Only in an era of depressingly diminished expectations could the September jobs report be called a good one. It really isn’t. Not at all.
1. Yes, the U-3 unemployment rate fell to 7.8%, the first time it has been below 8% since January 2009. But that’s only due to a flood of 582,000 part-time jobs. As the Labor Department noted:
The number of persons employed part time for economic reasons (sometimes referred to as involuntary part-time workers) rose from 8.0 million in August to 8.6 million in September. These individuals were working part time because their hours had been cut back or because they were unable to find a full-time job.
2. And take-home pay? Over the past 12 months, average hourly earnings have risen by just 1.8 percent. When you take inflation into account, wages are flat to down.
3. The broader U-6 rate — which takes into account part-time workers who want full-time work and lots of discouraged workers who’ve given up looking — stayed unchanged at 14.7%. That’s a better gauge of the true unemployment rate and state of the American labor market.
4. The shrunken workforce remains shrunken. If the labor force participation rate was the same as when President Obama took office, the unemployment rate would be 10.7%. If the participation rate had just stayed steady since the start of the year, the unemployment rate would be 8.4% vs. 8.3%. Where’s the progress? Here is RDQ Economics:
Such a rapid decline in the unemployment rate would be consistent with 4%–5% real economic growth historically but much of the decline is accounted for by people dropping out of the labor force (over the last year the employment-population ratio has risen to only 58.7% from 58.4%). We believe part of the drop in the unemployment rate over the last two months is a statistical quirk (the household data show an increase in employment of 873,000 in September, which is completely implausible and likely a result of sampling volatility). Moreover, declining labor force participation over the last year (resulting in 1.1 million people disappearing from the labor force) accounts for much of the rest of the decline.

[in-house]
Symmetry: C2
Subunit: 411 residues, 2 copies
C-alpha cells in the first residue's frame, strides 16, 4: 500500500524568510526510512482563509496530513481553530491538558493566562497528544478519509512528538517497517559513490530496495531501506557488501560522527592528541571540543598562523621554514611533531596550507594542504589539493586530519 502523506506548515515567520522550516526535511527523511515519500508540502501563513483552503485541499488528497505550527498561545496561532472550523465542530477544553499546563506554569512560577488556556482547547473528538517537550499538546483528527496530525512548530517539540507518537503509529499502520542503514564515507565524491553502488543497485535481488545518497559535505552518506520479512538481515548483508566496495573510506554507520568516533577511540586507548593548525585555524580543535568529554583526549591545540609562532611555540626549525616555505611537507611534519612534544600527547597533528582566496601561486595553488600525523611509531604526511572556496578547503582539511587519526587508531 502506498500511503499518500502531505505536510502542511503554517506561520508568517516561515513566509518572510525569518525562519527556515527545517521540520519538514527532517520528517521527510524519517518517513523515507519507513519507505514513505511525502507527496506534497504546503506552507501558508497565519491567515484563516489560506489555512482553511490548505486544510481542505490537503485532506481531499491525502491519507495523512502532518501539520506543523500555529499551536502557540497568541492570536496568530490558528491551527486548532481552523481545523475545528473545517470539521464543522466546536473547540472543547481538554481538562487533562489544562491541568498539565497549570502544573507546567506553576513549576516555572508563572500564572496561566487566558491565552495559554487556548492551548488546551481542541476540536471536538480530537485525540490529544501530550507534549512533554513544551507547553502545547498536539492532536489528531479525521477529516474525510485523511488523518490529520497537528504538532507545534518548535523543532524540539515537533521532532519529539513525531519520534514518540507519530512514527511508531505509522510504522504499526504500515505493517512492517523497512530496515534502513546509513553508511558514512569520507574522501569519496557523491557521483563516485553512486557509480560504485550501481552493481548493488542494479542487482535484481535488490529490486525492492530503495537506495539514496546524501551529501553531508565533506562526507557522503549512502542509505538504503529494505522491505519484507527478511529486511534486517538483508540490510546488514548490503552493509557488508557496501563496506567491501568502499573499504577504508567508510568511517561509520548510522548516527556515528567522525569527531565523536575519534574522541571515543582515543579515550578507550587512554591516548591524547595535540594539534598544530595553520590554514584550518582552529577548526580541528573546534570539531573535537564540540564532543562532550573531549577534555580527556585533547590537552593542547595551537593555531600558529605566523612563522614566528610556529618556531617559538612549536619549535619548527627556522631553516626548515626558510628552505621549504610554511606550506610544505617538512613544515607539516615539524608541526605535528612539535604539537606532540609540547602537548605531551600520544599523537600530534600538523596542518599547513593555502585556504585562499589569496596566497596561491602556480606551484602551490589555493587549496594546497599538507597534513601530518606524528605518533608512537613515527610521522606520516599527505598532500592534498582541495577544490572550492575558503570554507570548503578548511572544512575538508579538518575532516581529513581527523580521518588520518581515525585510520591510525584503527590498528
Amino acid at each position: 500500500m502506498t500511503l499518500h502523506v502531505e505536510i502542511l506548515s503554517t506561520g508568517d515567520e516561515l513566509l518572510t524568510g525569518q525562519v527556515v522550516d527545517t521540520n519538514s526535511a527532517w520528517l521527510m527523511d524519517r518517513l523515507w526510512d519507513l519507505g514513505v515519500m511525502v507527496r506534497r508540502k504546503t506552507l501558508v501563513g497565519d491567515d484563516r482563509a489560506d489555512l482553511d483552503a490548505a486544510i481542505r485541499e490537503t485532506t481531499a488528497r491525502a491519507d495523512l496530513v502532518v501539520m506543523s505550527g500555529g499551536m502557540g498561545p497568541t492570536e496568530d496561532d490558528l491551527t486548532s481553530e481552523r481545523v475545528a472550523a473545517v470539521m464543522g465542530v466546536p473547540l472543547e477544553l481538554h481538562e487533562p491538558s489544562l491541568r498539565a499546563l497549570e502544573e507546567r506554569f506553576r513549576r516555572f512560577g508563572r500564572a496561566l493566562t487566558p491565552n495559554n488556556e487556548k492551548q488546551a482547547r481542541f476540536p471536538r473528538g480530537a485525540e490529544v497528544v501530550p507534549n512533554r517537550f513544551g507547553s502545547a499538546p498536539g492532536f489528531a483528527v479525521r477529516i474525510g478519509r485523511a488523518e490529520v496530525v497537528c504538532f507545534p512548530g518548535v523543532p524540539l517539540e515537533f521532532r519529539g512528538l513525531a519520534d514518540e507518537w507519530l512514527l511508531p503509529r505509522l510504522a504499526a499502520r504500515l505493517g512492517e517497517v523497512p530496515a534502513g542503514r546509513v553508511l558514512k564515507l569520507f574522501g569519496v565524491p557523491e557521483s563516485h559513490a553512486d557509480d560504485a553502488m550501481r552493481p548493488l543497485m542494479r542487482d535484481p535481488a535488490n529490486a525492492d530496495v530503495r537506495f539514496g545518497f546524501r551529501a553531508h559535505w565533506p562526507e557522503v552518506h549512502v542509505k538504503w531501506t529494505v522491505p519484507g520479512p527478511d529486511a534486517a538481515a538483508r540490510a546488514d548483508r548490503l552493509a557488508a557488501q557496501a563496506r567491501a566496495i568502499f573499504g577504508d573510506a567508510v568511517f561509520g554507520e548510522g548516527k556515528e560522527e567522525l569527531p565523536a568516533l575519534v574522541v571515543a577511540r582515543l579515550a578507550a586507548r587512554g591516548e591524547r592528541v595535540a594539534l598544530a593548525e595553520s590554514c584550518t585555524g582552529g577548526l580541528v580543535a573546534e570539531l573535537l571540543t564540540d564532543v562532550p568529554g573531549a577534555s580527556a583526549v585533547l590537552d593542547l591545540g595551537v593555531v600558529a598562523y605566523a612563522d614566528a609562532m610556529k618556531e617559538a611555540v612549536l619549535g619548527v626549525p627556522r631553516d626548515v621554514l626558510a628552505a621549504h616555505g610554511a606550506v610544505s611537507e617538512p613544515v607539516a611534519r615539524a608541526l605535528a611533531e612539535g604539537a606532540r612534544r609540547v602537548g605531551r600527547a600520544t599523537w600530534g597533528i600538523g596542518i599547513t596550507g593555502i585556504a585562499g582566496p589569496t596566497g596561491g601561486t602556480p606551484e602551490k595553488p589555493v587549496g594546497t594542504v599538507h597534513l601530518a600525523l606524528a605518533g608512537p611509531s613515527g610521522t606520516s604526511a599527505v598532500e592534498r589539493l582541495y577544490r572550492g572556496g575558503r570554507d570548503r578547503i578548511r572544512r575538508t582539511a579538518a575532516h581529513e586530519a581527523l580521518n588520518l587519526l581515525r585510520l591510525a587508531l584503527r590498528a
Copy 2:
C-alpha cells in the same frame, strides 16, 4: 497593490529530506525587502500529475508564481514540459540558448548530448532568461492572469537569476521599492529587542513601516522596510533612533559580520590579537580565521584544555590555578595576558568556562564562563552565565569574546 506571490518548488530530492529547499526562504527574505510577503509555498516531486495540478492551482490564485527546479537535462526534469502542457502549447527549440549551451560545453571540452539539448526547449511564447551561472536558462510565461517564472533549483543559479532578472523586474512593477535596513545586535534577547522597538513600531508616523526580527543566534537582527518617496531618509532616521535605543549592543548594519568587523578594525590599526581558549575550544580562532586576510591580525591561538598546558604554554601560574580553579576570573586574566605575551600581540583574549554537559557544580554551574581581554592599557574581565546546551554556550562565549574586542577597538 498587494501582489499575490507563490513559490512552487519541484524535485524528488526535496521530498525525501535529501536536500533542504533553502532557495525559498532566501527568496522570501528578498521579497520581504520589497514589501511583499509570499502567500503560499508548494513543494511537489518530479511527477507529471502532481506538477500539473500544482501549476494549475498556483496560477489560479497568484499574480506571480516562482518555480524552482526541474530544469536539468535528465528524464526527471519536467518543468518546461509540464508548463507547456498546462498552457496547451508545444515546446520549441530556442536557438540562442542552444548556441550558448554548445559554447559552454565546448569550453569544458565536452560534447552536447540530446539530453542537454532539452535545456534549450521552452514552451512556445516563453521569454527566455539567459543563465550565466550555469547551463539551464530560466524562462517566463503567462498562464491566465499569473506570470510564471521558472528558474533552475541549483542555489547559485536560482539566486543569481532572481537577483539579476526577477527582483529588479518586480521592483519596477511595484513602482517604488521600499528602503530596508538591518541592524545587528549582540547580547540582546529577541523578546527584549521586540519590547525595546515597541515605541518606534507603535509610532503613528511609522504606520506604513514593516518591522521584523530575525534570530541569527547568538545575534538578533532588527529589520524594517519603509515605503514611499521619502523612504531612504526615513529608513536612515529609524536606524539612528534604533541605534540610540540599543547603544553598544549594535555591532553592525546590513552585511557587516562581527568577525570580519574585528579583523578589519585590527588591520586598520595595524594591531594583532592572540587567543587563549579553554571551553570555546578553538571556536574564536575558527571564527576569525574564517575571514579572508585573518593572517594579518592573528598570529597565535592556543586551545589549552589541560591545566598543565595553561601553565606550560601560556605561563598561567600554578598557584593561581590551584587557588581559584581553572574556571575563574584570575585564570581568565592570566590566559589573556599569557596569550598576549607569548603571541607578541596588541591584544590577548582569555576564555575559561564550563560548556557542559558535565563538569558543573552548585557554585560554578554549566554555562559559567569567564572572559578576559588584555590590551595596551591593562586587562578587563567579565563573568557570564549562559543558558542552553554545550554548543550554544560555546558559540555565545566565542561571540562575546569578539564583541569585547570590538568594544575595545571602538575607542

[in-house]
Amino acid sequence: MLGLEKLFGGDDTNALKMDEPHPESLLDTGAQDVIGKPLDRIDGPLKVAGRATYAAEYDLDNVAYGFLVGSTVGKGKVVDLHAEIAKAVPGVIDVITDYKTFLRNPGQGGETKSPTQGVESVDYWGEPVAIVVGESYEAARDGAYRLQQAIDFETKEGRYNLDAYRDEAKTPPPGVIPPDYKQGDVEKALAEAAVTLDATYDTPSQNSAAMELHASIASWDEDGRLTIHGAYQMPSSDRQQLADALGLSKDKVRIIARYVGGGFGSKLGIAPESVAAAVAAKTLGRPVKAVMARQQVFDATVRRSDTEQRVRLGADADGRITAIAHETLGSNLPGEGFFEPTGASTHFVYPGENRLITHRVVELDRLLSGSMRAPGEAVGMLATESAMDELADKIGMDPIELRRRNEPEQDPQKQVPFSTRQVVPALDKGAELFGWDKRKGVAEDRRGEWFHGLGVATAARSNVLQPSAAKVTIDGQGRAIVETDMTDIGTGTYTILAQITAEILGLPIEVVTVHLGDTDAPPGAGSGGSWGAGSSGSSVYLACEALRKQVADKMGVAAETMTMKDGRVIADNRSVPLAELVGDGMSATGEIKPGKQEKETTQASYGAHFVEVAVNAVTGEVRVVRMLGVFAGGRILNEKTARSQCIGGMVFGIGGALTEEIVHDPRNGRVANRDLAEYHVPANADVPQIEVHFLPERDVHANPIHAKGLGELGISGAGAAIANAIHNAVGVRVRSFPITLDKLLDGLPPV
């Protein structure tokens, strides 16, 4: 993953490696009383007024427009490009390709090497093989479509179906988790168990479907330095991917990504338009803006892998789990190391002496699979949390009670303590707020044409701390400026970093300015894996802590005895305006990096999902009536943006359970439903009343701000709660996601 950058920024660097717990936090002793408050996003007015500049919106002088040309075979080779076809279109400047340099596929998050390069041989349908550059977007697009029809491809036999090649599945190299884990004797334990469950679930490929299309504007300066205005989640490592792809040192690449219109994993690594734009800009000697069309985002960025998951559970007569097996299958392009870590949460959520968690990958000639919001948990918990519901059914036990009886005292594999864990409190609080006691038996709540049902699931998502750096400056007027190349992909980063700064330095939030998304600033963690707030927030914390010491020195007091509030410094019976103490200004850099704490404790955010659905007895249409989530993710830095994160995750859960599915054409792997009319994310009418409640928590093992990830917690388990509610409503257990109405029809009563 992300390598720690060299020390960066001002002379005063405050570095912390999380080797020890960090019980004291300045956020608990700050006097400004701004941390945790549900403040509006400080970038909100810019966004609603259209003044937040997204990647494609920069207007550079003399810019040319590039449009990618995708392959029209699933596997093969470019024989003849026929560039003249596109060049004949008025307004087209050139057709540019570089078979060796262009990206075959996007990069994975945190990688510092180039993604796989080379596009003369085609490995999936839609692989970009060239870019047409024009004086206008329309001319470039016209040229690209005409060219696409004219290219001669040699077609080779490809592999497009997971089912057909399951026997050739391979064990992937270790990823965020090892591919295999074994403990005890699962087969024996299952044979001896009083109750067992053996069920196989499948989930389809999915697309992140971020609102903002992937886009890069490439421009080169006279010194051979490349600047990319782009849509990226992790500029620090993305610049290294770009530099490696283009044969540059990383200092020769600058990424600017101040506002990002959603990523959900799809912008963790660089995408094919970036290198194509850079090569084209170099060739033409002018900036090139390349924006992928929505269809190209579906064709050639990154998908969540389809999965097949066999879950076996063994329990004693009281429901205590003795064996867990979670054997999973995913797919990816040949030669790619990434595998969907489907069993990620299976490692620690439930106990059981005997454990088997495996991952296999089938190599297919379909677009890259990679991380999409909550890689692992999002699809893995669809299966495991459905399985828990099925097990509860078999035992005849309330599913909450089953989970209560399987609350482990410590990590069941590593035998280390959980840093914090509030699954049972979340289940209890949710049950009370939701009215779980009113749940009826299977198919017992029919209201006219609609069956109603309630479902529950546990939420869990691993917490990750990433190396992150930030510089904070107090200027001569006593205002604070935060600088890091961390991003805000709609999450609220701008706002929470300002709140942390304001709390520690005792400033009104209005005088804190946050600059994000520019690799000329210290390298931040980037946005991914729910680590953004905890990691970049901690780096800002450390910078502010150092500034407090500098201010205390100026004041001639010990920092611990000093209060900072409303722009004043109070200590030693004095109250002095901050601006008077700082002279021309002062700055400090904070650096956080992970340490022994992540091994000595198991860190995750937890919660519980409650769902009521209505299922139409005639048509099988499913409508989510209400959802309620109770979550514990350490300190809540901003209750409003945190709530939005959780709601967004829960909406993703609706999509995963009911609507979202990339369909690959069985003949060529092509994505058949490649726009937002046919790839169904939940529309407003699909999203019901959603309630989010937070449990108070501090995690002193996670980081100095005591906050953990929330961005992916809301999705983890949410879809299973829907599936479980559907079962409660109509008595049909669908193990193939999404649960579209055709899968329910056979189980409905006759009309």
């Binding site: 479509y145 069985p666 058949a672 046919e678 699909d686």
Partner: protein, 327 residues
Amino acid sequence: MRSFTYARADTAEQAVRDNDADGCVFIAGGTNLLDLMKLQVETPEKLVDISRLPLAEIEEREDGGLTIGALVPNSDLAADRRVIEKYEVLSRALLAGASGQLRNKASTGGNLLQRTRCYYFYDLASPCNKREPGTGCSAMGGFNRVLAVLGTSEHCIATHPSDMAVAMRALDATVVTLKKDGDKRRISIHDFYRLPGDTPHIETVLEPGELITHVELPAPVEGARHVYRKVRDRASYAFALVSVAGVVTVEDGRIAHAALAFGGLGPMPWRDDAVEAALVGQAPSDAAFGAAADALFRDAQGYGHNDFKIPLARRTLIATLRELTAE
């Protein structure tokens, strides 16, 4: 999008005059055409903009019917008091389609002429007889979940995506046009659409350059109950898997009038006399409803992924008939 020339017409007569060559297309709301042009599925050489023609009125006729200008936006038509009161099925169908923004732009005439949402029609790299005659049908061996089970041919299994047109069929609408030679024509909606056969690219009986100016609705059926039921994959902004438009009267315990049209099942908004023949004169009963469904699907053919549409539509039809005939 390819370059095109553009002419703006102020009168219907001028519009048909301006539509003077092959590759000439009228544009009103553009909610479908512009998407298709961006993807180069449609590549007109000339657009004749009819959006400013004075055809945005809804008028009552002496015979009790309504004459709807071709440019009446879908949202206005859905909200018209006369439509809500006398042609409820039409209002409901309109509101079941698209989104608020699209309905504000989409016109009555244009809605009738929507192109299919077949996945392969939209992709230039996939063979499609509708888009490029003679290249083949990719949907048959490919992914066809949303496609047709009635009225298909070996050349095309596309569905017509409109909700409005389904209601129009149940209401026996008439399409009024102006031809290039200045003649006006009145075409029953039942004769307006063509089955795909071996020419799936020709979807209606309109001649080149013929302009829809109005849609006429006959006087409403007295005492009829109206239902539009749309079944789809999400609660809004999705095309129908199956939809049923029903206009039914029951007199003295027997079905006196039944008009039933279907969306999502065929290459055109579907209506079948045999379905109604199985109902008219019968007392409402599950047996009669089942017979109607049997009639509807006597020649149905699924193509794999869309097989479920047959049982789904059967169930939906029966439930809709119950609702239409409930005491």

5. The artificially depressed 7.8% unemployment rate is way above the 5.6% unemployment rate the White House predicted for September 2012 if Congress passed the $800 billion stimulus package back in 2009.
6. The 114,000 jobs created would have been a good number … but for 1962, not 2012. The U.S. economy needs 2-3 times that number every month to close the jobs gap (which is the number of jobs that the U.S. economy needs to create in order to return to pre-recession employment levels while also absorbing the people who enter the labor force each month.) At 114,000 jobs a month, the jobs gap would not close until after 2025, according to the Hamilton Project.
7. We are still on pace to create fewer jobs this year than last year. In 2012, employment growth has averaged 146,000 per month, compared with an average monthly gain of 153,000 in 2011.
8. White House economist Alan Krueger says the jobs numbers are ”further evidence” the economy is healing. But he’s wrong.
The employment-population ratio, which merely shows how many folks have jobs as a share of the civilian population, was 58.7%. Now that’s up from last month. But it is still far below where it was in June 2009, 59.4%,when the recession officially ended. And it’s even further below the 63% level before the downturn.
Bottom line: The U.S. labor market remains in a deep depression with virtually no recovery since the official end of the Great Recession. But the Long Recession continues unabated.
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